The new Impreza is a heavily toned-down version of the Impreza Sedan Concept
Subaru has introduced the long-awaited 2017 Impreza at the New York Auto Show.
Brand new from A to Z, the fifth-generation Impreza is a heavily toned-down version of the two Impreza concepts that were introduced last year in Tokyo and in Los Angeles, respectively. Its front end is characterized by more realistic-looking lights that replace the concept's sharp LED units, and a hexagonal grille with wing-like inserts. Out back, both the sedan and the hatchback models feature sharper tail lamps than their predecessors.
The Impreza Sport model benefits from 18-inch alloys, gloss black trim on both ends, body-colored rocker panels, black cloth upholstery with red stitching, and a specific instrument cluster. More importantly, it offers better handling thanks to a firmer suspension and a torque vectoring system.
Subaru has put a big emphasis on making the Impreza much nicer inside. That means you can expect to find higher quality materials, niceties such as contrast stitching, and an eight-inch touch screen that runs Subaru's Starlink infotainment system. Apple CarPlay and Android Auto compatibility is standard.
Power comes from a 2.0-liter direct-injected flat-four engine that makes 152 horsepower. All models regardless of trim level get Subaru's Symmetrical all-wheel rive system, though transmission options remain largely unconfirmed. All we know at this point is that higher trims receive a CVT with seven pre-programmed virtual "gears."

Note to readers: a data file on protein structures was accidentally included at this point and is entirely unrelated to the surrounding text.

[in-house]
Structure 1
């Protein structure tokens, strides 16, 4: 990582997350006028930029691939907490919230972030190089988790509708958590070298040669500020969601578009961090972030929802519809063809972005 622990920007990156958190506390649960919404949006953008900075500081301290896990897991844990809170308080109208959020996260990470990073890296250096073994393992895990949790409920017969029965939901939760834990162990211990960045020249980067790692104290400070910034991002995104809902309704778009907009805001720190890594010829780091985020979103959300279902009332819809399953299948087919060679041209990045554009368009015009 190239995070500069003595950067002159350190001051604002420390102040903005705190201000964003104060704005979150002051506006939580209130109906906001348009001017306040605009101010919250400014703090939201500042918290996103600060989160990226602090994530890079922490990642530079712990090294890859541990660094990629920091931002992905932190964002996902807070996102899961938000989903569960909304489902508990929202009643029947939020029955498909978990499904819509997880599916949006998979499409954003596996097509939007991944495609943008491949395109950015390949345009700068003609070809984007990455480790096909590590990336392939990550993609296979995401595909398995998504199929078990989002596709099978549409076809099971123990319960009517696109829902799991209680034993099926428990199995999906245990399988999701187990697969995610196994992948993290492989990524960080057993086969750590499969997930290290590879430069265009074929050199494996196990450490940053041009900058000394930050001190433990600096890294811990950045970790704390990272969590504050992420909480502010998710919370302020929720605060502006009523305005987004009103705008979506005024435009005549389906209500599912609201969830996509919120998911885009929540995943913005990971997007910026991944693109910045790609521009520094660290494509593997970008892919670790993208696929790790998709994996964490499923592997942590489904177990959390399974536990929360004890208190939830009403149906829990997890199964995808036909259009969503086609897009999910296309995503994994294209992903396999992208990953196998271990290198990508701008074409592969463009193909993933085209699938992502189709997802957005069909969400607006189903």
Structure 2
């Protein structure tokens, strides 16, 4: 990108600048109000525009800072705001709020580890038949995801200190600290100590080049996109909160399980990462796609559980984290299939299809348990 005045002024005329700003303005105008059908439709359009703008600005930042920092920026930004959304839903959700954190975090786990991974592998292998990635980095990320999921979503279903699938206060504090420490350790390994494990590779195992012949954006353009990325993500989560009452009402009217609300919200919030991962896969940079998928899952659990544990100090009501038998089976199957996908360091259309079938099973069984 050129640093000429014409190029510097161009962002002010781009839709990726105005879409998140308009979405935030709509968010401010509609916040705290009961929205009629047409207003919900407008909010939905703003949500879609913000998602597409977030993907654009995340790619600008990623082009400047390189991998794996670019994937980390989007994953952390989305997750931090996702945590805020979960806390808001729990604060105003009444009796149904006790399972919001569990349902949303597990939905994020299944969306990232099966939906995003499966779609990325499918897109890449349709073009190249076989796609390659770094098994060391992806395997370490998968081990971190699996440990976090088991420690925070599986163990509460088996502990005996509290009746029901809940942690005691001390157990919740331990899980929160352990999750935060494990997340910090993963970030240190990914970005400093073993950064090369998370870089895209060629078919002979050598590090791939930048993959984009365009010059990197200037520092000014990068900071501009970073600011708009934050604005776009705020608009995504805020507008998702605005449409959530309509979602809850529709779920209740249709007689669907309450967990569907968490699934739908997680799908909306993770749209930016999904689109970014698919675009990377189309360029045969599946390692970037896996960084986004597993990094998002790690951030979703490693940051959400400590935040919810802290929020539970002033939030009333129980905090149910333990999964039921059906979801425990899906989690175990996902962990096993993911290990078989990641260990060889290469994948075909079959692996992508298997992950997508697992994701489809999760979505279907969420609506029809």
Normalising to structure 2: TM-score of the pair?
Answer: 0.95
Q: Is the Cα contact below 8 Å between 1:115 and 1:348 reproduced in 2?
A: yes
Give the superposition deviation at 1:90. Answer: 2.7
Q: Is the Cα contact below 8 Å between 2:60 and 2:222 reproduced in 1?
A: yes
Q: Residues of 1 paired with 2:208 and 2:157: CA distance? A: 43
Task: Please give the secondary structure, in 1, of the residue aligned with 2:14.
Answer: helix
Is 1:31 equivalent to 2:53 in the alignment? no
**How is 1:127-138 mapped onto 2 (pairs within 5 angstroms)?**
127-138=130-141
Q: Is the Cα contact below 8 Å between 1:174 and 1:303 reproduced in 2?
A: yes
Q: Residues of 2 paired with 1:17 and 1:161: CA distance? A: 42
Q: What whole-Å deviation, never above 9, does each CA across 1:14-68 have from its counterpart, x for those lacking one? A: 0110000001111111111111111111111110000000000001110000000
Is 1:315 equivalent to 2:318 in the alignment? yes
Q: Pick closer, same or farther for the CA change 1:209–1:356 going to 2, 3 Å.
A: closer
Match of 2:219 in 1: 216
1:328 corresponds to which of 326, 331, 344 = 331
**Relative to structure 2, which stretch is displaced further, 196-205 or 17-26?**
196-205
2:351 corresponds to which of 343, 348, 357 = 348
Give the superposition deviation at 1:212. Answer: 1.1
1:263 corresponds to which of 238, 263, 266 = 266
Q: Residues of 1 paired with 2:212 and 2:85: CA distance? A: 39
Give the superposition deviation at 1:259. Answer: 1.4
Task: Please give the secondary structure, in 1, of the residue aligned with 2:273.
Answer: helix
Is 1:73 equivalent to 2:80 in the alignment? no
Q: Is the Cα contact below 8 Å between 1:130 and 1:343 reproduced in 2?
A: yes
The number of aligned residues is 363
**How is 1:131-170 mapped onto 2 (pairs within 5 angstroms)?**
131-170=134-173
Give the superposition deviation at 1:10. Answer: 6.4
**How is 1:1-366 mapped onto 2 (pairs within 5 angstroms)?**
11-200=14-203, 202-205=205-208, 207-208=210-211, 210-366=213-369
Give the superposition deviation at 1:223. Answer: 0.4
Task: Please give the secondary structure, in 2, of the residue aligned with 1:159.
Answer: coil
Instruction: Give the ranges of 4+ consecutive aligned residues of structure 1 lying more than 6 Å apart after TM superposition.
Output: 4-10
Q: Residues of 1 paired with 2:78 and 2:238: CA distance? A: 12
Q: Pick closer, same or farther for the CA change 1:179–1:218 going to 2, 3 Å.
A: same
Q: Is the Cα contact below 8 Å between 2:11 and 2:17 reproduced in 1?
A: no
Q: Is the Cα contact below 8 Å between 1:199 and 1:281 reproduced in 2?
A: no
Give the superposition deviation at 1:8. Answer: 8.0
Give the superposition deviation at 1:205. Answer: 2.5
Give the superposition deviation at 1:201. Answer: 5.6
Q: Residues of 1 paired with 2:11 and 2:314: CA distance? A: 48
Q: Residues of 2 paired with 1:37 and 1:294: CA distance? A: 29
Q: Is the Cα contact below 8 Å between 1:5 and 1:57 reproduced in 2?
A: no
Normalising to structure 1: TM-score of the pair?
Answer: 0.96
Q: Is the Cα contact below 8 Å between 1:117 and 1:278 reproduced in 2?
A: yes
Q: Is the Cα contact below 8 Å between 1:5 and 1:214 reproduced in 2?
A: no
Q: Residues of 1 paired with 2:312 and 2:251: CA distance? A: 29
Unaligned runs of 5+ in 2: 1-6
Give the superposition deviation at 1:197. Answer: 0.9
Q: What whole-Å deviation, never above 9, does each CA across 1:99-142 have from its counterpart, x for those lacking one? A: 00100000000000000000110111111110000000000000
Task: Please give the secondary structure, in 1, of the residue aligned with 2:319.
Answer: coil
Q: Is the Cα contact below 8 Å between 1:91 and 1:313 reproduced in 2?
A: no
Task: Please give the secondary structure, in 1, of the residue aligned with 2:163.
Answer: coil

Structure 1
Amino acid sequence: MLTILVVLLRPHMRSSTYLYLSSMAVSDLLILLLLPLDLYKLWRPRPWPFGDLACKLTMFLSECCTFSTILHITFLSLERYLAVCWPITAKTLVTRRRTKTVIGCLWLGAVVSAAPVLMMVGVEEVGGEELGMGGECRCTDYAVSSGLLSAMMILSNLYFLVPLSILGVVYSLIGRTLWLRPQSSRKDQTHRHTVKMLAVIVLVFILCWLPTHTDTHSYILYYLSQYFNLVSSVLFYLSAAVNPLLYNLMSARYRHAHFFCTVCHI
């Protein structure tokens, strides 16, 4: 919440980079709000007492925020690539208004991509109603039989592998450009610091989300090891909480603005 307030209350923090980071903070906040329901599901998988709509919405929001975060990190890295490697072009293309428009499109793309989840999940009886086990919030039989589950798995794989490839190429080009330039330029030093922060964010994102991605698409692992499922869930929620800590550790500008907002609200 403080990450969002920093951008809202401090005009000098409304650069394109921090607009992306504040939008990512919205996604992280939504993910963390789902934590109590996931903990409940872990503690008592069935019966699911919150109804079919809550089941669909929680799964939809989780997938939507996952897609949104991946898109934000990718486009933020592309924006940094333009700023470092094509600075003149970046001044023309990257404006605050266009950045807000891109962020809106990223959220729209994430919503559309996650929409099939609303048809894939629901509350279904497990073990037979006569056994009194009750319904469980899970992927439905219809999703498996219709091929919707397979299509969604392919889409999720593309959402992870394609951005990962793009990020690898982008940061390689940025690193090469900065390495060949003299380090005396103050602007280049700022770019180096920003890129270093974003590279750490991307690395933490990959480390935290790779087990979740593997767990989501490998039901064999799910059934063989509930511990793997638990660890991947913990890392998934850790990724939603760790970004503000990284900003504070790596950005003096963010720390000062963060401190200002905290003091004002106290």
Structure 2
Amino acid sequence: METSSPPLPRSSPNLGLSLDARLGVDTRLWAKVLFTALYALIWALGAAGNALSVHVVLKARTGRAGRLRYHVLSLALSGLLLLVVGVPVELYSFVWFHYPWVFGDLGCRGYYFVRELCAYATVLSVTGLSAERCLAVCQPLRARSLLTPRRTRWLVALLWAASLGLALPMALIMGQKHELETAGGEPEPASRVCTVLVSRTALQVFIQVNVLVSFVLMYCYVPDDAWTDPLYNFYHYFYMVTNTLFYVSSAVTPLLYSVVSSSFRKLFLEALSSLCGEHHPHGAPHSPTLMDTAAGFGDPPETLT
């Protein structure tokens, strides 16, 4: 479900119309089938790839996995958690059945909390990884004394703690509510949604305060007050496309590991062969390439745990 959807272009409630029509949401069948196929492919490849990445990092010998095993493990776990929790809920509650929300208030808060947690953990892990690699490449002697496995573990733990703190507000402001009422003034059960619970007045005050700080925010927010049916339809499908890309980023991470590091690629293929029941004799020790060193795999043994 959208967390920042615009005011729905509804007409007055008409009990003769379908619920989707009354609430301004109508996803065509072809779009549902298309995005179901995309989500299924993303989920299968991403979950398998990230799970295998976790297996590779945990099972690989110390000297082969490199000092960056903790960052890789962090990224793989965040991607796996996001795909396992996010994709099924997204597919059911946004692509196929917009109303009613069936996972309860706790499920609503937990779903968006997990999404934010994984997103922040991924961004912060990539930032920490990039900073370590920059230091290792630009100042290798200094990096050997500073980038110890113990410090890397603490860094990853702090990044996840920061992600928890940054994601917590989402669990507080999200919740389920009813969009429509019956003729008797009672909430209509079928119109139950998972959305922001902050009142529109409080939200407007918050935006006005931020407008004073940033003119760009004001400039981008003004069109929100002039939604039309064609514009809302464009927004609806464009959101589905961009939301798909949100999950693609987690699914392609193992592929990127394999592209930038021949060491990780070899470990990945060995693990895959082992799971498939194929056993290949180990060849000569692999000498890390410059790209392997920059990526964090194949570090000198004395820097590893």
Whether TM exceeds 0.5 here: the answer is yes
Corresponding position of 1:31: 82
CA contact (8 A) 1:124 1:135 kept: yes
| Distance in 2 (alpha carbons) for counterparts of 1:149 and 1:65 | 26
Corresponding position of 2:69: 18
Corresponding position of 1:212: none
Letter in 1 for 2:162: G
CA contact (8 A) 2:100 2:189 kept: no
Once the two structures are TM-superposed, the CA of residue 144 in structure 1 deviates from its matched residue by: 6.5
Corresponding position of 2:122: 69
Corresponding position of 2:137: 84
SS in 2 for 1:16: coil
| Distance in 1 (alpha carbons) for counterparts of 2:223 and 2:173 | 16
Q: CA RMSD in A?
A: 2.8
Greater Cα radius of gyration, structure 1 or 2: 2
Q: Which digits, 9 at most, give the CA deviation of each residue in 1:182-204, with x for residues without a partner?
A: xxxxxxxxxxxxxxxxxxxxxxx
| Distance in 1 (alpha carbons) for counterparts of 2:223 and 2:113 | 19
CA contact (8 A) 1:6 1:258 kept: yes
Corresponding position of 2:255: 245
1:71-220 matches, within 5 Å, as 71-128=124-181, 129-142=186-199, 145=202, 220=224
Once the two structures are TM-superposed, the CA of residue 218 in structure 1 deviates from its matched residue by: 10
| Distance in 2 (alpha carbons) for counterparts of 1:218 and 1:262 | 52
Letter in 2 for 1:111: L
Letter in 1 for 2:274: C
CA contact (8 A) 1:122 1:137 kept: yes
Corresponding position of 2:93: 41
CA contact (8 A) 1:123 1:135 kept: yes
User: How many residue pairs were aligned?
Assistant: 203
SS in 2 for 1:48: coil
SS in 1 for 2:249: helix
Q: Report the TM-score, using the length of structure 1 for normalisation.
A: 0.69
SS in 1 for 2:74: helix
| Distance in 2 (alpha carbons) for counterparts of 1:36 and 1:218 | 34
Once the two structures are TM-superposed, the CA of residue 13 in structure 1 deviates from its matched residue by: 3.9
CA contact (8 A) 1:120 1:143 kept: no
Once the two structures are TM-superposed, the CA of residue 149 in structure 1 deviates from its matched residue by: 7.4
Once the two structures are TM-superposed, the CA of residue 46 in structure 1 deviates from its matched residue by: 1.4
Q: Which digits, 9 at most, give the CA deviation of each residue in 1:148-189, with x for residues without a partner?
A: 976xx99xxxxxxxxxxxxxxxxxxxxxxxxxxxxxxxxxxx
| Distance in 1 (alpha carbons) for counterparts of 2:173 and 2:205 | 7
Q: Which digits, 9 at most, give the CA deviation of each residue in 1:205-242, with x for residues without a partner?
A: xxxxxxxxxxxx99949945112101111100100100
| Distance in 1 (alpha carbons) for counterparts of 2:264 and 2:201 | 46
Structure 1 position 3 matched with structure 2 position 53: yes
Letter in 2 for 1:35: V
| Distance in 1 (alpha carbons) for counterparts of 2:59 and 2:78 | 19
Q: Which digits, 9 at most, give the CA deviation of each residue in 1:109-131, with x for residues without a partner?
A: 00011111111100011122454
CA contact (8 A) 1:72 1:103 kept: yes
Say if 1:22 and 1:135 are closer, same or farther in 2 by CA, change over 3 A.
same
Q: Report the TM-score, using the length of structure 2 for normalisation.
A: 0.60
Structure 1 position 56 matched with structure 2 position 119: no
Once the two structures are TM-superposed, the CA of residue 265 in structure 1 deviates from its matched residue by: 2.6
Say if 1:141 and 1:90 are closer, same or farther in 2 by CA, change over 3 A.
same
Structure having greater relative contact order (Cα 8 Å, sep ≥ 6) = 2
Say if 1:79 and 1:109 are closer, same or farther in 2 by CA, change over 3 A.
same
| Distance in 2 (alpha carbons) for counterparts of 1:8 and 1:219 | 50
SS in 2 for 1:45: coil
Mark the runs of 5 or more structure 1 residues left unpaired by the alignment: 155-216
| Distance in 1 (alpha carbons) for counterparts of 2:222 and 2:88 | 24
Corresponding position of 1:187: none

The 2017 Impreza is much more rigid than the 2016 model because it's built on a new modular architecture called simply Subaru Global Platform (SGP) that will eventually underpin the Forester and the Outback. Switching to the SGP platform promises to make the Impreza more comfortable, to reduce body roll by 50 percent, and to lower the center of gravity. Finally, the increased use of high-tensile strength steel improves energy absorption in the event of an accident by up to 40 percent.
Subaru's EyeSight suite of driving aids has been expanded to include adaptive cruise control, automatic pre-collision braking, and a lane departure warning system. Buyers can also order the Impreza with a novel reverse automatic braking technology that warns the driver if he or she is about to hit an obstacle while backing up, and automatic applies the brakes if necessary.
Built in Indiana, both the hatchback and sedan variants of the 2017 Subaru Impreza will go on sale nationwide later this year. The lineup will be broken down into four trims called base, Premium, Sport, and Limited, respectively. Impreza off-shoots like the Crosstrek and the WRX STI won't be revealed for at least another few months.
Live images by Brian Williams.